Neighbouring Carey’s Bay is the picturesque home of the local fishing fleet.
North of Port Chalmers you will find the picturesque seaside settlement of Karitane. The coastal road from Port Chalmers winds around the rugged coastline with beautiful views out of the Pacific Ocean.
Set in rolling country near the mouth of the Waikouaiti River, the town is a popular holiday retreat for Dunedin people. The town is a base for various ocean activities including kayaking and fishing charters. Karitane Charters offer a range of customized charters and tours including fishing, diving, wildlife tours, surfing experiences, sea kayaking experiences and remote beach BBQ’s.
The name Karitane is linked with pioneering paediatrician and psychiatrist Sir Truby King, the founder of the Plunket Society. The Plunket Society set up a string of neonatal institutes known throughout the country as “Karitane Hospitals”, starting in Dunedin in 1907.
Along the way are the beautiful small settlements of Orokanui, Purakanui, Long Beach, Seacliff, Doctor’s Point and Warrington. A visit to Karitane would not be complete without popping into the Evansdale Cheese Factory a self professed artisan cheese producer. This means that Evansdale do as little as possible to interfere with nature and focus on preserving the flavour of the elements within the milk in order to produce a cheese of character.
Dunedin’s hinterland can be explored with a visit to the small farming community of Middlemarch. Middlemarch is a small town (pop. 300) within the limits of Dunedin City. 80 kms (a little more than a 1 hr drive by car) west of Dunedin City, Middlemarch sits at the foot of the Rock and Pillar Ranges in the broad Strath Taieri valley through which flows the upper reaches of the Taieri River. Middlemarch is mainly a service town for the local farming community it also provides the starting/finishing point point for the Otago Central Rail Trail.
The natural beauty of the area is set up perfectly for recreational activities. There are various walks through the Rock and Pillar ranges and Sutton Salt Lake, New Zealand’s only inland salt lake. The Taieri River, New Zealand’s third longest, has a variety of great spots for recreational fisherman with Brown Trout and salmon being the most notable species found.
The area provides the setting for the now internationally renowned Middlemarch Singles Dance.
This provides the opportunity for ladies to find their very own “southern man” and the men to find, well, a lady of some description.
It can get awfully lonely out on your 10,000 acre high country farm.
Given Dunedin’s landscape and plentiful hills there are some fantastic walks around the city with beautiful views.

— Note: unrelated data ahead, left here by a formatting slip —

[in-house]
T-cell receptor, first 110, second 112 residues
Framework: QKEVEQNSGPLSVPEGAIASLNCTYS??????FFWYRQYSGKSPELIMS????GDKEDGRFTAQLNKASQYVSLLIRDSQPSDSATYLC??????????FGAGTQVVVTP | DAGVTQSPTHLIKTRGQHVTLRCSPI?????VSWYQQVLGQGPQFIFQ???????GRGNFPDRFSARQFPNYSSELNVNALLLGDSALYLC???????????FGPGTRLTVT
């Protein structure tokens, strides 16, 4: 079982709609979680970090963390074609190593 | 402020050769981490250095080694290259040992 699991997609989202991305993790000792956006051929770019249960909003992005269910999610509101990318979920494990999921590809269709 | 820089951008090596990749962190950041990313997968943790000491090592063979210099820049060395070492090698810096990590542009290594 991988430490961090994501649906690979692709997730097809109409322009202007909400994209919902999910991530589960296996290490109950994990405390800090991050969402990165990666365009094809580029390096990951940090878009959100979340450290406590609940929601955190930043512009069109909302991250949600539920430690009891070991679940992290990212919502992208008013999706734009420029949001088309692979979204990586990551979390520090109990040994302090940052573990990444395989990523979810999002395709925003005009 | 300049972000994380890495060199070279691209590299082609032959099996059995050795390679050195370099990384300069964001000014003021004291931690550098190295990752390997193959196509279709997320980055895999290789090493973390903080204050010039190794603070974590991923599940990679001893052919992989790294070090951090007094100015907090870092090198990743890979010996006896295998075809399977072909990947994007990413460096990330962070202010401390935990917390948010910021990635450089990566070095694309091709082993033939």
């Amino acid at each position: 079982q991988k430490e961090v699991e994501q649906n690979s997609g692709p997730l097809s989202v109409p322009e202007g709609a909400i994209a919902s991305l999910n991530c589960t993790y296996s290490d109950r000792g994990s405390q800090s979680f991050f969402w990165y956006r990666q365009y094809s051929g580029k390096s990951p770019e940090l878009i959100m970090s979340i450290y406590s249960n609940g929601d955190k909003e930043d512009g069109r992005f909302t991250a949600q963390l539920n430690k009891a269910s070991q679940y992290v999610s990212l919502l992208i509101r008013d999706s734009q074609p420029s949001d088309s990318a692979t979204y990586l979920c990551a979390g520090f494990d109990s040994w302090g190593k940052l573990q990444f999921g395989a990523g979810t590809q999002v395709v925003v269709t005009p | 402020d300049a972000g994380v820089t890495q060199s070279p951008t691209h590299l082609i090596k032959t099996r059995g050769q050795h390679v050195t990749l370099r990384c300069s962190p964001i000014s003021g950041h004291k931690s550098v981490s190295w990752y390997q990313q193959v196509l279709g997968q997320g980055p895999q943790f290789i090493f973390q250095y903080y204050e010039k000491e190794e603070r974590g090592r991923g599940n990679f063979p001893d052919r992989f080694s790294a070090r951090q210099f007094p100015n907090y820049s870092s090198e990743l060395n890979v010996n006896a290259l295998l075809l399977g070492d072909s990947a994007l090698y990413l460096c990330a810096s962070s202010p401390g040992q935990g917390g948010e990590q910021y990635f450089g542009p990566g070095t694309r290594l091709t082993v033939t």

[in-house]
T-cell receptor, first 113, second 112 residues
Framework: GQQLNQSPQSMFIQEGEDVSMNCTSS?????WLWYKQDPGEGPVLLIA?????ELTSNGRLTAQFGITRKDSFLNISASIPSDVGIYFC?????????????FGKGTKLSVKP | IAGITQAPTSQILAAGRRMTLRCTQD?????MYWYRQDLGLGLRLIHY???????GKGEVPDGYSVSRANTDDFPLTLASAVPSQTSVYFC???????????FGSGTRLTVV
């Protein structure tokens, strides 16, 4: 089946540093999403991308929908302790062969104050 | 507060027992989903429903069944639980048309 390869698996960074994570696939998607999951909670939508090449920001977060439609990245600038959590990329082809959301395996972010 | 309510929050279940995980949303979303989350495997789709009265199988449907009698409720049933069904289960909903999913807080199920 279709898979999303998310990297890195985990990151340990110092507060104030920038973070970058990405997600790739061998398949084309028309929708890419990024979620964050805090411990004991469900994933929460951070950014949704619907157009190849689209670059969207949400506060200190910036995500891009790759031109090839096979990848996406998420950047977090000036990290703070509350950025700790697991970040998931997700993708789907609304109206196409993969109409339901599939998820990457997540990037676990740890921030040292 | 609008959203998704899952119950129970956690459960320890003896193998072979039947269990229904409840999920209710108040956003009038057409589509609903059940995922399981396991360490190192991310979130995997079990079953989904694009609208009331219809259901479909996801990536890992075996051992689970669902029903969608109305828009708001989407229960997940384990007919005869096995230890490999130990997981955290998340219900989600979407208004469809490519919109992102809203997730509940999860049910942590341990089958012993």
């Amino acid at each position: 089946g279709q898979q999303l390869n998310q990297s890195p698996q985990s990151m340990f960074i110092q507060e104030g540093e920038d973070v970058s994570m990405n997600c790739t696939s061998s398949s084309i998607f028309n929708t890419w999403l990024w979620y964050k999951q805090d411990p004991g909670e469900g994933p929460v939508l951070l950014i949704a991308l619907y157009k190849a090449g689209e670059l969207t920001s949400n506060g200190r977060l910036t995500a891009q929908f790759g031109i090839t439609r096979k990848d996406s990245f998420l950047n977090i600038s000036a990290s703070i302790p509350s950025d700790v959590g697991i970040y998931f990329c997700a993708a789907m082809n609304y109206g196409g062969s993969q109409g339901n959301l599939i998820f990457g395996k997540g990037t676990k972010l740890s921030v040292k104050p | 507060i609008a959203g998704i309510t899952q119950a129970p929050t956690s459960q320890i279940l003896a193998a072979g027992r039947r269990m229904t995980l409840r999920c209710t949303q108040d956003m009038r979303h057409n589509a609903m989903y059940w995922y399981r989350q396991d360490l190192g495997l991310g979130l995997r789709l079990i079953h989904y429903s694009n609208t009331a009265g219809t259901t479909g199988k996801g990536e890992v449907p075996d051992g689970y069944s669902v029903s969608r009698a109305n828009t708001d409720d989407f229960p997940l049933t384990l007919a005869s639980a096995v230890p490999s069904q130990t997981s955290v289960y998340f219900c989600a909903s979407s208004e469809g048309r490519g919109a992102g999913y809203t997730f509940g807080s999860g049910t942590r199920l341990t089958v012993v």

Directions: It’s a little more than a 1 hr drive by car from Dunedin City, through Mosgiel and Outram. Continue on State Highway 87 to Middlemarch. If you go by train you can take the Taieri Gorge Railway from Dunedin. If you ride your bike you will have to contend a hilly landscape or take your bike on the train and save yourself the hills!
The Pineapple Track is a walk on Dunedin’s skyline with magnificent views of the city, Taieri Plains and the Pacific Ocean. The name was adopted by parties of trampers on this route who rested at the top of a steep section to refresh themselves with tins of pineapple, often leaving the tins hanging on trees or fences.
In places the walkway deviates from the original track in order to provide more scenic variation. The walk is 5km in length and takes approximately 2 hours to complete.
Tunnel Beach Walkway
Dunedin’s rugged coastline can be explored on the Tunnel Beach Walkway. In the 1870’s Dunedin entrepreneur and politician, John Cargill, gave instructions for a tunnel to be carved through a sandstone cliff so that his family could have access to a beach near his home. It is rumoured he gave it to his daughter’s as a birthday present.
The tunnel provided the family with private access to the beach and prevented exposure at the public St. Clair Beach nearby. Cargill was the son of Captain William Cargill, the driving force and inspiration behind the settlement of Otago in 1848.
Another popular walk overlooks the Dunedin City and the Otago Harbour at Mt Cargill.
In Maori legend the three peaks of Mt Cargill represent the petrified head, body and feet of a princess of an early Otakou Tribe. This walk can either depart or finish at Bethunes Gully picnic area and traverses native bush and plantations with views over the city and the surrounding countryside. The track is 4km in length with 2 hours uphill walking and 1.5 hours downhill. The walk takes in the rather striking Organ Pipes. These are an example of columnar jointing in volcanic rocks which have taken the form of Organ Pipes. The Organ Pipes, the main feature of the walk, are about 10 million years old.
Dunedin’s forefathers had the vision to provide future residents with recreational facilities within the city’s town belt. The town belt separates the central city from the residential suburbs and has various walking tracks, sporting fields and picnic areas. The Ross Creek Track in particular is a fantastic walk amongst New Zealand native bush and bird life. As you wander through the bush listening to the native bird song of the wood pigeon, fantails and bellbirds to name a few, it is hard to believe that you are only minutes from the city centre.